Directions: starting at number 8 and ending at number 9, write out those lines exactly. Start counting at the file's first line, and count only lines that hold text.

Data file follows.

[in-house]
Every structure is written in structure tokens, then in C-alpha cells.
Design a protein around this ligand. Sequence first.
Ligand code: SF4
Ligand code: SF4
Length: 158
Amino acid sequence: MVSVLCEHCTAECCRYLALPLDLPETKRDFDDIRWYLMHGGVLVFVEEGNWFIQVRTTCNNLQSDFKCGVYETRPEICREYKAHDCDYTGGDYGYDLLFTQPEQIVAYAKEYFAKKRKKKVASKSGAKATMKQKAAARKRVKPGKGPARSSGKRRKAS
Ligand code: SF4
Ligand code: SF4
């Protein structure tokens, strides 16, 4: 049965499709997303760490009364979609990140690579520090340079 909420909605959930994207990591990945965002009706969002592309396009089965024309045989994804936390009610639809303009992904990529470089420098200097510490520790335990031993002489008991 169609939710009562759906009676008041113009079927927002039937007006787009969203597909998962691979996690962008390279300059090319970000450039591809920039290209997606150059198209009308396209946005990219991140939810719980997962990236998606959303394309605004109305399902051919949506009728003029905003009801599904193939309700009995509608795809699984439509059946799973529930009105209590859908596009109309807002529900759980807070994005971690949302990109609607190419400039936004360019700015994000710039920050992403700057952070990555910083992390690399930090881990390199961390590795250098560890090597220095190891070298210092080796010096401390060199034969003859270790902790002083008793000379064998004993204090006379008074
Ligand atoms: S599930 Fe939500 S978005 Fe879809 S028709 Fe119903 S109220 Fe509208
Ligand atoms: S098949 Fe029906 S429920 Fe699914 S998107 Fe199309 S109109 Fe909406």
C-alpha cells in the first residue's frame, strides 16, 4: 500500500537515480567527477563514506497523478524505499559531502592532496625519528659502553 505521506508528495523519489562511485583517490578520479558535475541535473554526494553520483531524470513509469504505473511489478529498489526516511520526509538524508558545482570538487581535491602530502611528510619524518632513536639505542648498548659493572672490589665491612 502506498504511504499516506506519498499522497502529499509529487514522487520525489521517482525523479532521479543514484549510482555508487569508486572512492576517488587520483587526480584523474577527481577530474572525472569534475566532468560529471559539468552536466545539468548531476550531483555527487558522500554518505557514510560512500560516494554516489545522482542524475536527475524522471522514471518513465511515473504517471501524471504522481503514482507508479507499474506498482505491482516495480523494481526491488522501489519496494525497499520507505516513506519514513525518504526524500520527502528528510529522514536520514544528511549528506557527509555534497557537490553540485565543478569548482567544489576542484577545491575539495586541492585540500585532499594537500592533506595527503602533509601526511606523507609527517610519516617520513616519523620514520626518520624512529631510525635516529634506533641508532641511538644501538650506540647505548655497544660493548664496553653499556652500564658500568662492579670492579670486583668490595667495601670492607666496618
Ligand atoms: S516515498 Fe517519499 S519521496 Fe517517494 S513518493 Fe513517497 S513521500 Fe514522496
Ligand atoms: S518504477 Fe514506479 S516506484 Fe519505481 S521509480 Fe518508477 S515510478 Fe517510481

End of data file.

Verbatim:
Ligand code: SF4
Ligand code: SF4